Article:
However, other studies are not consistent with our findings. In a large (N=671) group of depressed older patients, Small and collaborators (23) found no difference in the rates of response to antidepressants between subjects with and without chronic physical illness. However, patients were only followed for 6 weeks in their study, which may explain the lack of separation in response rates between subjects with and without chronic physical illness. Papakostas et al. (24) also reported that Cumulative Illness Rating Scale scores at baseline did not significantly predict treatment response in patients with treatment-resistant depression who were treated with nortriptyline. But for patients with treatment-resistant depression, the additional impact of medical comorbidity on treatment response may be less discernible than in our group without treatment-resistant depression.
Our study was not designed to answer questions regarding the mechanism by which medical illness affects clinical response in major depressive disorder. There are, however, several hypotheses. Ciechanowski and collaborators (34) postulated that the relationship between medical illness and depressive symptoms may be mediated by factors such as self-care, nutrition, and adherence to treatment. Pharmacokinetic or pharmacodynamic properties of antidepressants may be changed in the context of comorbid medical illness or concurrent medications (35).
Another hypothesis involves the role of cytokines, nonantibody proteins released by cells on contact with antigens. Cytokine levels are higher in a variety of infectious and noninfectious illnesses that involve activation of the immune system. Examples of chronic, noninfectious diseases associated with increased levels of cytokines include coronary artery disease (36, 37), hypertension (38), other vascular atherosclerosis (39), chronic obstructive pulmonary disease (40), diabetes (41), and arthritis and autoimmune diseases (42). Further observations have shown that administration of cytokines such as interleukin 2, tumor necrosis factor, or interferon alpha may induce depressive symptoms (42, 43). The increased production of cytokines has further impact on cortisol production and on the hypothalamic-pituitary-adrenal axis. Also, antidepressants have been shown to reduce the immune response and suppress cytokine production (42, 44). However, the association between cytokine production and response rates in major depressive disorder is still unproven.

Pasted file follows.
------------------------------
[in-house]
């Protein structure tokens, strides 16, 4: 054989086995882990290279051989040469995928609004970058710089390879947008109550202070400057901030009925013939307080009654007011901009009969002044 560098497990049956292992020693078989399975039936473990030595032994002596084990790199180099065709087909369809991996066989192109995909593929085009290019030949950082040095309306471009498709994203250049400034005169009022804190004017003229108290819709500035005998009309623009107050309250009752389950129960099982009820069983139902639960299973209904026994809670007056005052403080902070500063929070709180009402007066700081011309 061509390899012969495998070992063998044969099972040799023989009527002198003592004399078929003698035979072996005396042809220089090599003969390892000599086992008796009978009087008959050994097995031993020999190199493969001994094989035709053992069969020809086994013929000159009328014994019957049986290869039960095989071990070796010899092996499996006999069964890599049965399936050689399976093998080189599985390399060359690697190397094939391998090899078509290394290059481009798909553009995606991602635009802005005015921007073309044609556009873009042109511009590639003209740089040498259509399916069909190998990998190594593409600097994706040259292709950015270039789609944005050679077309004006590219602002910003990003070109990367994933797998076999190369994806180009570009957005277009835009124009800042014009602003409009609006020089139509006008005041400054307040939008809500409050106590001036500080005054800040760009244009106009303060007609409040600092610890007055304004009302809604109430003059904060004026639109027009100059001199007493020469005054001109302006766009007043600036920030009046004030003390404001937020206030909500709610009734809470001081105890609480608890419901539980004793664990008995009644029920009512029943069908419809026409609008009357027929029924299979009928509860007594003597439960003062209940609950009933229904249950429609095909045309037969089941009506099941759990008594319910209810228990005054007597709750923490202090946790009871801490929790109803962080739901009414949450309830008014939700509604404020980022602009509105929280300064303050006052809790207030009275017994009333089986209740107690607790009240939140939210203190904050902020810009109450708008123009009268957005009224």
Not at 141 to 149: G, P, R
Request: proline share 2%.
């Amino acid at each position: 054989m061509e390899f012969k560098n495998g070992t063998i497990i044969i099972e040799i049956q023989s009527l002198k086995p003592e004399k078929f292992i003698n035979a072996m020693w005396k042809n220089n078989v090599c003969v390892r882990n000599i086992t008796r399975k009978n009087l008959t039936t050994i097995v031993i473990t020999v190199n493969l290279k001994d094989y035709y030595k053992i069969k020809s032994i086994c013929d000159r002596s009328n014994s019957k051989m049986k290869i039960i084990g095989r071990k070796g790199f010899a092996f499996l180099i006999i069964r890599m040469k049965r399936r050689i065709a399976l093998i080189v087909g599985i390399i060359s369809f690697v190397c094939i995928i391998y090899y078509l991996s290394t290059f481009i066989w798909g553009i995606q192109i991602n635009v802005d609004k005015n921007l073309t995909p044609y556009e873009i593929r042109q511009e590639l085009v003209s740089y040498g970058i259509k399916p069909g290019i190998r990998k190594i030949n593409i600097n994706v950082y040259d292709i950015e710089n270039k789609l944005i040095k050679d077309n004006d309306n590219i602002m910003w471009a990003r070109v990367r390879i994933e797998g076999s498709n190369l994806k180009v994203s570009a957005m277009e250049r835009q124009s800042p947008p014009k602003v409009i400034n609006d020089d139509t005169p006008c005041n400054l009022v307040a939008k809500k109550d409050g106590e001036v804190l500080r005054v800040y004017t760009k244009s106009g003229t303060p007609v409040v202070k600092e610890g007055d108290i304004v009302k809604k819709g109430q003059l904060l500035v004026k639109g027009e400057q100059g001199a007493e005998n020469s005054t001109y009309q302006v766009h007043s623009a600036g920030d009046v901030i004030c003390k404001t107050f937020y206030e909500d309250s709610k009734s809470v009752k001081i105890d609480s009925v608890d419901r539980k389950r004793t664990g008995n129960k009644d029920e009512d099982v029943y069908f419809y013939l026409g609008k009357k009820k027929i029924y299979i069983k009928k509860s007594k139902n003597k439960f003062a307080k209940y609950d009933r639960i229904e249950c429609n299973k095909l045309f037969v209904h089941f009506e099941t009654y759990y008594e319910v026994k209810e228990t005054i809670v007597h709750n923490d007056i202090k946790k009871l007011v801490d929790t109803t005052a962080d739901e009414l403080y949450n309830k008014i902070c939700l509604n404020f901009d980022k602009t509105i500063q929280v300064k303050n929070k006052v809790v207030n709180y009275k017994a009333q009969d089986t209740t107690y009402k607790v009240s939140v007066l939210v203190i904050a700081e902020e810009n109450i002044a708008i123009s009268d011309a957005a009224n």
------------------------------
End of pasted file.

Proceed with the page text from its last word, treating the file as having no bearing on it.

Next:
Our study has several limitations. First, since our subjects had low rates of severe medical illness, we cannot generalize our results to populations of severely medically ill subjects. Second, since our results compare response rates of a fixed dose of fluoxetine (20 mg/day), we cannot exclude the possibility that subjects with medical comorbid illness would have a greater rate of response at higher doses of fluoxetine. Third, although the Cumulative Illness Rating Scale has been used before for the measurement of the burden of medical illness in depressed subjects (45, 46), it is unclear if it is the best instrument for this purpose. The Cumulative Illness Rating Scale has been largely used in clinical series to rate medical comorbidity, and it has good interrater and test-retest reliability (47). However, since we do not understand fully the impact of medical illness on depression outcome, we do not know if comorbid diseases should be given equal weight (as in the Cumulative Illness Rating Scale) or if certain diseases and organ systems should be given more weight in calculating the burden of medical disease. Further studies are needed to elucidate the complex relationship between the burden of medical illness and the outcome of treatment in major depression.
In conclusion, in this large group of patients with major depression treated with fluoxetine, the total burden of comorbid medical illness and the number of organ systems affected by medical illness had a significant negative prognostic value on clinical response and remission in the acute phase of antidepressant treatment with fluoxetine.